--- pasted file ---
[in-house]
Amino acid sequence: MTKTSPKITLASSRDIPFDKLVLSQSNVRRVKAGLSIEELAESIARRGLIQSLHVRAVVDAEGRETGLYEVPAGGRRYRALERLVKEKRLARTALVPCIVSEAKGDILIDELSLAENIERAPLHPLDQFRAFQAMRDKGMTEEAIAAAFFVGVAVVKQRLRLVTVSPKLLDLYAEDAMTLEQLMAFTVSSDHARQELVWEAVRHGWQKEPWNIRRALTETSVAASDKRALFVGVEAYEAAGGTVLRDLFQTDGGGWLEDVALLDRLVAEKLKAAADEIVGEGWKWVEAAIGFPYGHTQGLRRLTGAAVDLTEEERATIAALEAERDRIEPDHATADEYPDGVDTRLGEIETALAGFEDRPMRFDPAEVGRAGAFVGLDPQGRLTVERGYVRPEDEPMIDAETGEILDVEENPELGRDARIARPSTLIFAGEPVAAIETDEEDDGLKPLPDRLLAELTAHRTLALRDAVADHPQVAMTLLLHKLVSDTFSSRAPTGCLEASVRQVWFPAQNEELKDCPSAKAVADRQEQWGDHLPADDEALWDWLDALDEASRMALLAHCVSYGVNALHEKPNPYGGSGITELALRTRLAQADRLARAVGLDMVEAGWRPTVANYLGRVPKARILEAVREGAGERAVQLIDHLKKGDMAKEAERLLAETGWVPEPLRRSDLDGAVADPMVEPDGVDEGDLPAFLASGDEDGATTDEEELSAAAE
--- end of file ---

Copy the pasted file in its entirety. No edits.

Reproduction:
[in-house]
Amino acid sequence: MTKTSPKITLASSRDIPFDKLVLSQSNVRRVKAGLSIEELAESIARRGLIQSLHVRAVVDAEGRETGLYEVPAGGRRYRALERLVKEKRLARTALVPCIVSEAKGDILIDELSLAENIERAPLHPLDQFRAFQAMRDKGMTEEAIAAAFFVGVAVVKQRLRLVTVSPKLLDLYAEDAMTLEQLMAFTVSSDHARQELVWEAVRHGWQKEPWNIRRALTETSVAASDKRALFVGVEAYEAAGGTVLRDLFQTDGGGWLEDVALLDRLVAEKLKAAADEIVGEGWKWVEAAIGFPYGHTQGLRRLTGAAVDLTEEERATIAALEAERDRIEPDHATADEYPDGVDTRLGEIETALAGFEDRPMRFDPAEVGRAGAFVGLDPQGRLTVERGYVRPEDEPMIDAETGEILDVEENPELGRDARIARPSTLIFAGEPVAAIETDEEDDGLKPLPDRLLAELTAHRTLALRDAVADHPQVAMTLLLHKLVSDTFSSRAPTGCLEASVRQVWFPAQNEELKDCPSAKAVADRQEQWGDHLPADDEALWDWLDALDEASRMALLAHCVSYGVNALHEKPNPYGGSGITELALRTRLAQADRLARAVGLDMVEAGWRPTVANYLGRVPKARILEAVREGAGERAVQLIDHLKKGDMAKEAERLLAETGWVPEPLRRSDLDGAVADPMVEPDGVDEGDLPAFLASGDEDGATTDEEELSAAAE